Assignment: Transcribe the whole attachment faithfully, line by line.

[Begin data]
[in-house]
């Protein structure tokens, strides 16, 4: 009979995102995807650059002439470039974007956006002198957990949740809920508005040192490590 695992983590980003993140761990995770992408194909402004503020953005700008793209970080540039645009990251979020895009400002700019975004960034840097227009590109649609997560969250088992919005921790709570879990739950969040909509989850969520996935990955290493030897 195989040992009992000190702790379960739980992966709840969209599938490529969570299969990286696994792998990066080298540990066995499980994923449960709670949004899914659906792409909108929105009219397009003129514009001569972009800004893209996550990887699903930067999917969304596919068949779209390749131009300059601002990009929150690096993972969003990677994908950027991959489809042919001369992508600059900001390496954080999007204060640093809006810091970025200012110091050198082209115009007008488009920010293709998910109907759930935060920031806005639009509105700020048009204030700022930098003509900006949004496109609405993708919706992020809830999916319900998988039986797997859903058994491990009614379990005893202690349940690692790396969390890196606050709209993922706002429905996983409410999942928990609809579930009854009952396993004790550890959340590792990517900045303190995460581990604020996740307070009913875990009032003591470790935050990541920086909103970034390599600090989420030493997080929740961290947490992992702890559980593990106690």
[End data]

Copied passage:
[in-house]
């Protein structure tokens, strides 16, 4: 009979995102995807650059002439470039974007956006002198957990949740809920508005040192490590 695992983590980003993140761990995770992408194909402004503020953005700008793209970080540039645009990251979020895009400002700019975004960034840097227009590109649609997560969250088992919005921790709570879990739950969040909509989850969520996935990955290493030897 195989040992009992000190702790379960739980992966709840969209599938490529969570299969990286696994792998990066080298540990066995499980994923449960709670949004899914659906792409909108929105009219397009003129514009001569972009800004893209996550990887699903930067999917969304596919068949779209390749131009300059601002990009929150690096993972969003990677994908950027991959489809042919001369992508600059900001390496954080999007204060640093809006810091970025200012110091050198082209115009007008488009920010293709998910109907759930935060920031806005639009509105700020048009204030700022930098003509900006949004496109609405993708919706992020809830999916319900998988039986797997859903058994491990009614379990005893202690349940690692790396969390890196606050709209993922706002429905996983409410999942928990609809579930009854009952396993004790550890959340590792990517900045303190995460581990604020996740307070009913875990009032003591470790935050990541920086909103970034390599600090989420030493997080929740961290947490992992702890559980593990106690």